30,000 Years of Art by the editors of Phaidon Press

Phaidon |1065 pages | $49.95
By GREG COOK  |  December 3, 2007

30,000 Years of Art is so big and heavy (13 pounds) that one could easily confuse it for a survey of all art ever made, reproduced at actual size. It’s actually 1000 art greatest hits laid out chronologically, one per page, each with its own dry encyclopedia-style description.

The book’s strength is its portrayal of the vast sweep of global history. We watch civilizations and faiths rise and fall as we page past palm-size prehistoric fetishes, cave paintings, ancient Egypt, classical Greece and Rome, Aztecs, Easter Island, Leonardo da Vinci, Rembrandt, Hokusai, Monet, Picasso, and Warhol. Check out the giant giraffes etched some 6000 years ago into rock in what is now Niger. See a 600-year-old gold sculpture of a raft with figures that depict a royal ceremony from what is now Colombia which, the book says, inspired the legend of El Dorado.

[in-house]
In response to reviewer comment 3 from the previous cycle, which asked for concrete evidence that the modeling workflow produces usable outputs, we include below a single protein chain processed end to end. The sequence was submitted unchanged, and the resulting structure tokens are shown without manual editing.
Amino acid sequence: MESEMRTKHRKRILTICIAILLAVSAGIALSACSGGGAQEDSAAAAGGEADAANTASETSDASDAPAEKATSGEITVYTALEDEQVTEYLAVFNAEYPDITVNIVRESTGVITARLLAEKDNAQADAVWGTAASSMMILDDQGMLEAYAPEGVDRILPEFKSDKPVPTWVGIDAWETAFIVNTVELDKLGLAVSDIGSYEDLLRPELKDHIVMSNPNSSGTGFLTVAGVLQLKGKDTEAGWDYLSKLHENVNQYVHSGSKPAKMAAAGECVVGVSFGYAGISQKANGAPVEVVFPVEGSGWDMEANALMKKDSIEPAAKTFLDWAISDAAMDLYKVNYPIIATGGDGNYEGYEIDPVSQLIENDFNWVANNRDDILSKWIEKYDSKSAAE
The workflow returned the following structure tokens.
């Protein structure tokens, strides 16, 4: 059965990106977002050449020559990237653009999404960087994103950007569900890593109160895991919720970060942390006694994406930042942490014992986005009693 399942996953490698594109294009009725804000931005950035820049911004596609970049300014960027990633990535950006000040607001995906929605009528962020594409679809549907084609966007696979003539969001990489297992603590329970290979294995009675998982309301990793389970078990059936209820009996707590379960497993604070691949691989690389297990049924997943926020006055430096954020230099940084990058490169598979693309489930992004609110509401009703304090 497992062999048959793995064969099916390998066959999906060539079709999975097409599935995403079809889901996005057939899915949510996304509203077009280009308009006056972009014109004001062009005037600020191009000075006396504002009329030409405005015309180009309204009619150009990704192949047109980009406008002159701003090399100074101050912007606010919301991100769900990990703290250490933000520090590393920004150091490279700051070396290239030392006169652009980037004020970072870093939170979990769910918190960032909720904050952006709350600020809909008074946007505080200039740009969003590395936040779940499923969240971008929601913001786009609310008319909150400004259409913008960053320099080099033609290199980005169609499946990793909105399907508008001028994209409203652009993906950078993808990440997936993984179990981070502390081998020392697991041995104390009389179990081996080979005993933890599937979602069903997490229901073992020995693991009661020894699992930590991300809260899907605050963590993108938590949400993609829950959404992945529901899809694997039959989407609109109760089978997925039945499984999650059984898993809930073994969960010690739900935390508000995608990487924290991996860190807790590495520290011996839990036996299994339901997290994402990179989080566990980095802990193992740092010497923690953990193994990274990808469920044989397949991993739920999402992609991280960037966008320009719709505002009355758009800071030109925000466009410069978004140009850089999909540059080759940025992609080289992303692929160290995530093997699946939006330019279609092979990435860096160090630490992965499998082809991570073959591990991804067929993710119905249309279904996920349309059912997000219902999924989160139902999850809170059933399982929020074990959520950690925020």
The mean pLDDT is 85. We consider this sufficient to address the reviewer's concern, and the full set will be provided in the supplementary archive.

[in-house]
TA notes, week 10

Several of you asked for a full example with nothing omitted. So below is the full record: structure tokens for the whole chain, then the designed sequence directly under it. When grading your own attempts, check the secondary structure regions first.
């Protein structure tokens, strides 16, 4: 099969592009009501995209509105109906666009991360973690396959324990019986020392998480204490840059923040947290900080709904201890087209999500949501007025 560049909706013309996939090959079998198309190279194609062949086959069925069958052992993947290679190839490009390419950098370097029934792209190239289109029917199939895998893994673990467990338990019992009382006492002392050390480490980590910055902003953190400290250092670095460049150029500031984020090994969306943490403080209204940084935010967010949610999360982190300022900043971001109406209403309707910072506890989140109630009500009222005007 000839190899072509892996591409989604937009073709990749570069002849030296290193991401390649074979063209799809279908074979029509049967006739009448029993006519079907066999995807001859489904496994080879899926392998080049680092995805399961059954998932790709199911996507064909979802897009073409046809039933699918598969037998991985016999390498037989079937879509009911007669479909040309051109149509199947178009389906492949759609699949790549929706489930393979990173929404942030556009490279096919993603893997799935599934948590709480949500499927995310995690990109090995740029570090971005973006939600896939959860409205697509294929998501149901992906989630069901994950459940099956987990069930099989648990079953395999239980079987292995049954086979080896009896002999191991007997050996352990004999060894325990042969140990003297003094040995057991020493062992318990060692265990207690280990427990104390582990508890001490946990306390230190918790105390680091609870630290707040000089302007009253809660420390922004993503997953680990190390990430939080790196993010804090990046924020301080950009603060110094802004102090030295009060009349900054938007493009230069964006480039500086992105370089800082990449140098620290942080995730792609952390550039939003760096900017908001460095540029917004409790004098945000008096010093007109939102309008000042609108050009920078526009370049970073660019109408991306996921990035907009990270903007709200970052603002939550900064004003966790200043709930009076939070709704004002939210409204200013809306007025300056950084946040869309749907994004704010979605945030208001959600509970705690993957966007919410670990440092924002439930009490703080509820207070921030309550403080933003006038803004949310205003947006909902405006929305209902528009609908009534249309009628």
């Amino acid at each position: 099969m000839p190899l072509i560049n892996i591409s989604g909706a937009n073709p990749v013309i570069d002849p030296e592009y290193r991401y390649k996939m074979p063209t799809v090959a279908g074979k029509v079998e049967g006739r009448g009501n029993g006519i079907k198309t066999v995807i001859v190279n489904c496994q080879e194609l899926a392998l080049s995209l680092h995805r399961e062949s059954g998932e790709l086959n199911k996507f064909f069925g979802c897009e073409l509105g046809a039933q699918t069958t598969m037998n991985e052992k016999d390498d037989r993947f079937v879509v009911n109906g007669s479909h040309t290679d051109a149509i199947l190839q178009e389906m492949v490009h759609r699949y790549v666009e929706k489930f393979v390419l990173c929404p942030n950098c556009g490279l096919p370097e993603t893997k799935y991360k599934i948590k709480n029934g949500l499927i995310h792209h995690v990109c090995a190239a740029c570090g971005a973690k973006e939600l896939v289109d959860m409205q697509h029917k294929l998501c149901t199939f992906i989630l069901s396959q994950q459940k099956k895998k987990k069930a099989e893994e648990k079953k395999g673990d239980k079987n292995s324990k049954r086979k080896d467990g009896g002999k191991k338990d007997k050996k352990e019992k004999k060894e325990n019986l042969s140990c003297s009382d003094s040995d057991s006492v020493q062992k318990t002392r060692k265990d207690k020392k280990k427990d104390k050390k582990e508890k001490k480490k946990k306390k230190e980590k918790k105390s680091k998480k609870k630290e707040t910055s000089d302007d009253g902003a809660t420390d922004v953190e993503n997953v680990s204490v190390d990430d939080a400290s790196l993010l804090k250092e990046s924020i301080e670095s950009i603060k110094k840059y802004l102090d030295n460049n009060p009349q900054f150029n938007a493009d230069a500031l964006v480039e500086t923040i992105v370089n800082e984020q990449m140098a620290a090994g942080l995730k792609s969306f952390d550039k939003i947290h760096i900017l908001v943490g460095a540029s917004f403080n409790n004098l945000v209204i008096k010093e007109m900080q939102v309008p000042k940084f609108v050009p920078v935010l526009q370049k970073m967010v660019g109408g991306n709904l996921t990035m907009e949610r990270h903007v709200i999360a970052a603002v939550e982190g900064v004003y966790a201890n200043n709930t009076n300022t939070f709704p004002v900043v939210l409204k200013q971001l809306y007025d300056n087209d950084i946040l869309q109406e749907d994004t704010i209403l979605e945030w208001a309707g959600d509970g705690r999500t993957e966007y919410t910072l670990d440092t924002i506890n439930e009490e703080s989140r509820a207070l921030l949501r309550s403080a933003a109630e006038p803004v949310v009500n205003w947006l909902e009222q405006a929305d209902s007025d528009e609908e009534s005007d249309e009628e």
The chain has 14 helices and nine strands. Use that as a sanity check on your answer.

The book is built for sampling rather than reading straight through, but a recurring theme is how little we know about much of this stuff. We stretch to imagine the minds and lives of our ancestors, simultaneously amazed by how familiar much of the art feels and intrigued by its abiding mysteries.

Related: Art in the air conditioning, Review: Picasso and Braque Go to the Movies, Photos: RISD’s 2010 Annual Graduate Thesis Exhibition, More more >
  Topics: Books , Culture and Lifestyle, History, World History,  More more >
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